R-37M Vympel – Russian killer missile to shoot down F-16

War in Ukraine
R-37M Vympel – with this fighter jet killer the Russians are preparing for the arrival of the F-16

The R-37M Vympel is mounted under a Su-30SM

The long-range R-37M Vympel missile has destroyed most of the Ukrainian Air Force. It is now also being mounted on jets such as the Su-30SM. The R-37M has a much greater range than the missiles of the F-16.

The first American-made F-16 fighter jets are due to arrive in Ukraine in a few weeks. They are expected to bring about a turning point in the air war. Soviet-era MiG-29s are currently Ukraine’s best fighter jets, but they have little chance against Putin’s Air force.

But the Russians are also preparing, they are equipping their jets with long-range air-to-air missiles. A few days ago, a Su-30SM multirole fighter was spotted with long-range R-37M missiles, and two medium-range R-77-1 missiles were also mounted. The R-77-1 has a range of over 100 kilometers; it is a “fire and forget” weapon that finds its target independently.

Long range thanks to booster engine

The special feature is the range of the R-37M, which is said to be up to 400 kilometers. The NATO name is AA-13 “Axehead”. The weapon has a long range, the R-37M variant has a booster, so it can attack targets 400 kilometers away. Its speed is five to six times the speed of sound, in the lower hypersonic range. The new Agat 9B1388 seeker head independently steers the target in the final phase without the help of the carrier jet. This means that the R-37, unlike its predecessor R-33, can be used by several jets. The defensive weapon is very large. It weighs almost a ton, the length is 4.06 meters – the fragment warhead weighs almost 60 kilograms. With such a heavy warhead, the target is destroyed even if it explodes only near the jet. The attacked jet has difficulty spotting the missile. You can measure the active seeker head, then there is a warning, but it is only activated shortly before the target.

The Russians claim that they have essentially destroyed the Ukrainian Air Force with the R-37M. Until now, only Su-35S fighters and MiG-31BM interceptors were equipped with these missiles, but integration into the Su-30SM2 also prepares this jet for aerial combat with the F-16. The F-16 has missiles for aerial combat. It is equipped with the AIM-120, which has a range of 160 kilometers. With the R-37M, the Russian Air Force maintains a range advantage.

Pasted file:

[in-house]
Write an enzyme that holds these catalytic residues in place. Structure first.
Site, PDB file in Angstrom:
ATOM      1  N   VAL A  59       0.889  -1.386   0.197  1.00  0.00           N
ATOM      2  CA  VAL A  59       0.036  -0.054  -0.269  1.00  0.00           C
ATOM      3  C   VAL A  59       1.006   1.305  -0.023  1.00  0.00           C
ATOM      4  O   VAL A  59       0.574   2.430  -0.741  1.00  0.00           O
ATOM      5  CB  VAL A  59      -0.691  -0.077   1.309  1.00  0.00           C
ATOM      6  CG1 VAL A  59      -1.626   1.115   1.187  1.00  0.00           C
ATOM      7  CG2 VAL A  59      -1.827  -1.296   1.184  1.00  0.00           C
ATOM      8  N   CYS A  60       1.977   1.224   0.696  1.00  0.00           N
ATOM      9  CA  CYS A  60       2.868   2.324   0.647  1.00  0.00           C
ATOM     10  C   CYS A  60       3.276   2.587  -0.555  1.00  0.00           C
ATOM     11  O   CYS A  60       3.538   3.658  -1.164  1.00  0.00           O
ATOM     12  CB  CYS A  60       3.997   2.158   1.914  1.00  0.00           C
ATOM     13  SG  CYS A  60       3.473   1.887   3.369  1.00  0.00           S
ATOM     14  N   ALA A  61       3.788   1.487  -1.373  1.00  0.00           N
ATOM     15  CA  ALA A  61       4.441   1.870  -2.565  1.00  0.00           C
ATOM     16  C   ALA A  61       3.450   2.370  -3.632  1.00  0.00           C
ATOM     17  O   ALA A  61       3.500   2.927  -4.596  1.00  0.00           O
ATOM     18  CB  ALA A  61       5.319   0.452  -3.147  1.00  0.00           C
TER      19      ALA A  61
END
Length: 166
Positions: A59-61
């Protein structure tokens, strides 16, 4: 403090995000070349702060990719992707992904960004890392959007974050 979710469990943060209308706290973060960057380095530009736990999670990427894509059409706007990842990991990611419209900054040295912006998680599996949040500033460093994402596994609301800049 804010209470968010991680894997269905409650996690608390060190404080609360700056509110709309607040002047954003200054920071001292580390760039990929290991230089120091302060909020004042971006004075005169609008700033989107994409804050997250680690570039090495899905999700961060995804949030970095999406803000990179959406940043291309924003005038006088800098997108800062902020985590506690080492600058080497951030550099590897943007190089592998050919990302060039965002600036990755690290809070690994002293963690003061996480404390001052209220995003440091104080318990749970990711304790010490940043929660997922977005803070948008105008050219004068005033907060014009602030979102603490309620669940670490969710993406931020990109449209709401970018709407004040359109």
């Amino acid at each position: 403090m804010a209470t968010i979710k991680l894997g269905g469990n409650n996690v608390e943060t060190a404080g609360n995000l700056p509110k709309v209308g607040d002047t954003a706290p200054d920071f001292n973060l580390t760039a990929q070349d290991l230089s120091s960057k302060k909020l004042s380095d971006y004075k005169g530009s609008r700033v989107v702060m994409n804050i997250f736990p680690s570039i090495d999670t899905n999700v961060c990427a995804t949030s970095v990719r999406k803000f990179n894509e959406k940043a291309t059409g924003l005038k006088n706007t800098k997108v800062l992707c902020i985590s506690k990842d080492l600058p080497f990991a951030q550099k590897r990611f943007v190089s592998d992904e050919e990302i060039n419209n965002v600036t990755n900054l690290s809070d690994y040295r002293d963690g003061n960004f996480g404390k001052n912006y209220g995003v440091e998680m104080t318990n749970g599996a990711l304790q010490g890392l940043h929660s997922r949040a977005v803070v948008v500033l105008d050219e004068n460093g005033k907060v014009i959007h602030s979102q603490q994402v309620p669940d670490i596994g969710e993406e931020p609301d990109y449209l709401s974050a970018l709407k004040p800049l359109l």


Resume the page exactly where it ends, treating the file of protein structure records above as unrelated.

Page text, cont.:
R-37M Vympel requires airspace surveillance

Air combat at these distances also poses problems. To be effective, the fighter jets used must be directed by air surveillance aircraft. It is likely that the Russians will have to use their A-50U for this. Russia has only a few operational aircraft of this type, and they will be the Ukrainians’ priority targets. Kiev, on the other hand, has no air surveillance aircraft at all. It remains to be seen whether Kiev’s jets are directed by western AWACS. The presence of the R-37M could also be seen as a threat; the missile was originally developed to attack high-quality AWACS and tanker aircraft.

Turning point thanks to the F-16?

How and whether the F-16 can bring about a change in the air war is an open question. It is more modern and more powerful than the MiG-29 of the Ukrainian armed forces, but it is not a jet that will outclass everything in the Russian arsenal. Its delivery will initially compensate for the ongoing losses of the MiG-29. But can it achieve more than status? One problem is the small number. However, the Ukrainians have already been provided with 45 aircraft. But only six are to be deployed in the summer. One problem is the pilots; training a fighter pilot takes years and cannot be done in a few weeks. Six is ​​such a small number that even a single failure or loss will have a serious impact on the inventory.

Putin’s air force is currently covering the Ukrainian positions with a hail of glide bombs. These weapons are released outside the range of the Ukrainian air defense and then glide up to 70 kilometers to their target. The F-16s could attack the Russian planes and thus counteract these glide bombs for the first time.

The jets are most vulnerable on the ground. The Russians have been able to greatly improve their reconnaissance capabilities deep in Ukrainian territory and attack parked jets. In addition, the F-16 is a “diva” and cannot take off from makeshift runways. The airfields prepared for it are probably known to the enemy. This dilemma also gave rise to the idea of ​​servicing and launching aircraft in NATO territory. Direct combat missions from Poland are probably too risky for the Warsaw government. It would be conceivable to station the aircraft abroad and only bring them to a Ukrainian airfield immediately before a mission.

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